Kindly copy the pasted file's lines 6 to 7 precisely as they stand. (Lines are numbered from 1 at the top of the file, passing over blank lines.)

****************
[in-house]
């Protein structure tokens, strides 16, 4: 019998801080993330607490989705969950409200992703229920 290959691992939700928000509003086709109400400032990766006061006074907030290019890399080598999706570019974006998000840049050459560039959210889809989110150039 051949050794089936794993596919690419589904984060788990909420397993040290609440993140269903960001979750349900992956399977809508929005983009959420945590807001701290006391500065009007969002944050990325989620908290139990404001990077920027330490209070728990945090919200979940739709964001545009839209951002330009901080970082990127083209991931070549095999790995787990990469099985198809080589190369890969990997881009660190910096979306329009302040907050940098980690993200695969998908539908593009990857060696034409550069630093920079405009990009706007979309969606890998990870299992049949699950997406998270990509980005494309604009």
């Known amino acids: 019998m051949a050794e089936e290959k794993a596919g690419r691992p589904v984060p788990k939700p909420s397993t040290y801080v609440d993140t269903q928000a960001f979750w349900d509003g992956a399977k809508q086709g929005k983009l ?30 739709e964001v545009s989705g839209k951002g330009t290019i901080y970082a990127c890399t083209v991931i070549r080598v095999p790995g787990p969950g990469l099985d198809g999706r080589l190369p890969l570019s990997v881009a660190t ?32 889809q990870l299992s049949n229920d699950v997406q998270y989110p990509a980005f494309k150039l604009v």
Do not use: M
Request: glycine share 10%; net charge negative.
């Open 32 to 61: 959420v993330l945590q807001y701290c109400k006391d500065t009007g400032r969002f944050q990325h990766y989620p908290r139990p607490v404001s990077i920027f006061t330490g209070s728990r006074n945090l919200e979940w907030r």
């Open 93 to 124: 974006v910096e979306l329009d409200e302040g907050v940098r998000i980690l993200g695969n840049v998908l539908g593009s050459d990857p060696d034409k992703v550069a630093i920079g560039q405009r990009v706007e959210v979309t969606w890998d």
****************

């Open 32 to 61: 959420v993330l945590q807001y701290c109400k006391d500065t009007g400032r969002f944050q990325h990766y989620p908290r139990p607490v404001s990077i920027f006061t330490g209070s728990r006074n945090l919200e979940w907030r």
């Open 93 to 124: 974006v910096e979306l329009d409200e302040g907050v940098r998000i980690l993200g695969n840049v998908l539908g593009s050459d990857p060696d034409k992703v550069a630093i920079g560039q405009r990009v706007e959210v979309t969606w890998d």